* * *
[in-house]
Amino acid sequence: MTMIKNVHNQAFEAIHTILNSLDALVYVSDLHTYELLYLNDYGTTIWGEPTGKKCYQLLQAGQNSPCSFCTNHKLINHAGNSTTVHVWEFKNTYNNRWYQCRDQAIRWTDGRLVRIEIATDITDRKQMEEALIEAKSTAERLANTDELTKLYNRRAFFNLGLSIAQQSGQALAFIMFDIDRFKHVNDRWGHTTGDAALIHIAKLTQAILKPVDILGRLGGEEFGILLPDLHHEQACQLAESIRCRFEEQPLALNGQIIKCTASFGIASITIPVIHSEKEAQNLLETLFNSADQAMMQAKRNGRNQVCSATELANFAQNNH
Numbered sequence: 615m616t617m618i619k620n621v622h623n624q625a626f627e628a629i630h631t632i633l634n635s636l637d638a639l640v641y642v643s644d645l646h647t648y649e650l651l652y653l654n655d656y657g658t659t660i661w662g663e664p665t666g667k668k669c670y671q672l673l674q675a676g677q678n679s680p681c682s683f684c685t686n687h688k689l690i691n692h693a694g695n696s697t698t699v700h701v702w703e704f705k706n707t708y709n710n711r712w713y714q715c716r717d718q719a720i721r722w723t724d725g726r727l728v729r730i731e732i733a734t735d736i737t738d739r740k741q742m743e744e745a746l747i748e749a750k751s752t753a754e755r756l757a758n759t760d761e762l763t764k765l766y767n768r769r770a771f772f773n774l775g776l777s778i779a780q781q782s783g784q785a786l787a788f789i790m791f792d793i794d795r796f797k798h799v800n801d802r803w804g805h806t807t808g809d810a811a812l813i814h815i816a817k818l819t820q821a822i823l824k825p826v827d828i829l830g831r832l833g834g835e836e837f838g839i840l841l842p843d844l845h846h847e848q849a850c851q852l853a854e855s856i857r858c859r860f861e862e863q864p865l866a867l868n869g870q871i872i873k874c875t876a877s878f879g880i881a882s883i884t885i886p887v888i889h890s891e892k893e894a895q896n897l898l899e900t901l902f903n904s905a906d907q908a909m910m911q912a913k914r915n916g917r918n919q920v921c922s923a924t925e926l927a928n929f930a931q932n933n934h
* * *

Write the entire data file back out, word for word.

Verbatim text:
[in-house]
Amino acid sequence: MTMIKNVHNQAFEAIHTILNSLDALVYVSDLHTYELLYLNDYGTTIWGEPTGKKCYQLLQAGQNSPCSFCTNHKLINHAGNSTTVHVWEFKNTYNNRWYQCRDQAIRWTDGRLVRIEIATDITDRKQMEEALIEAKSTAERLANTDELTKLYNRRAFFNLGLSIAQQSGQALAFIMFDIDRFKHVNDRWGHTTGDAALIHIAKLTQAILKPVDILGRLGGEEFGILLPDLHHEQACQLAESIRCRFEEQPLALNGQIIKCTASFGIASITIPVIHSEKEAQNLLETLFNSADQAMMQAKRNGRNQVCSATELANFAQNNH
Numbered sequence: 615m616t617m618i619k620n621v622h623n624q625a626f627e628a629i630h631t632i633l634n635s636l637d638a639l640v641y642v643s644d645l646h647t648y649e650l651l652y653l654n655d656y657g658t659t660i661w662g663e664p665t666g667k668k669c670y671q672l673l674q675a676g677q678n679s680p681c682s683f684c685t686n687h688k689l690i691n692h693a694g695n696s697t698t699v700h701v702w703e704f705k706n707t708y709n710n711r712w713y714q715c716r717d718q719a720i721r722w723t724d725g726r727l728v729r730i731e732i733a734t735d736i737t738d739r740k741q742m743e744e745a746l747i748e749a750k751s752t753a754e755r756l757a758n759t760d761e762l763t764k765l766y767n768r769r770a771f772f773n774l775g776l777s778i779a780q781q782s783g784q785a786l787a788f789i790m791f792d793i794d795r796f797k798h799v800n801d802r803w804g805h806t807t808g809d810a811a812l813i814h815i816a817k818l819t820q821a822i823l824k825p826v827d828i829l830g831r832l833g834g835e836e837f838g839i840l841l842p843d844l845h846h847e848q849a850c851q852l853a854e855s856i857r858c859r860f861e862e863q864p865l866a867l868n869g870q871i872i873k874c875t876a877s878f879g880i881a882s883i884t885i886p887v888i889h890s891e892k893e894a895q896n897l898l899e900t901l902f903n904s905a906d907q908a909m910m911q912a913k914r915n916g917r918n919q920v921c922s923a924t925e926l927a928n929f930a931q932n933n934h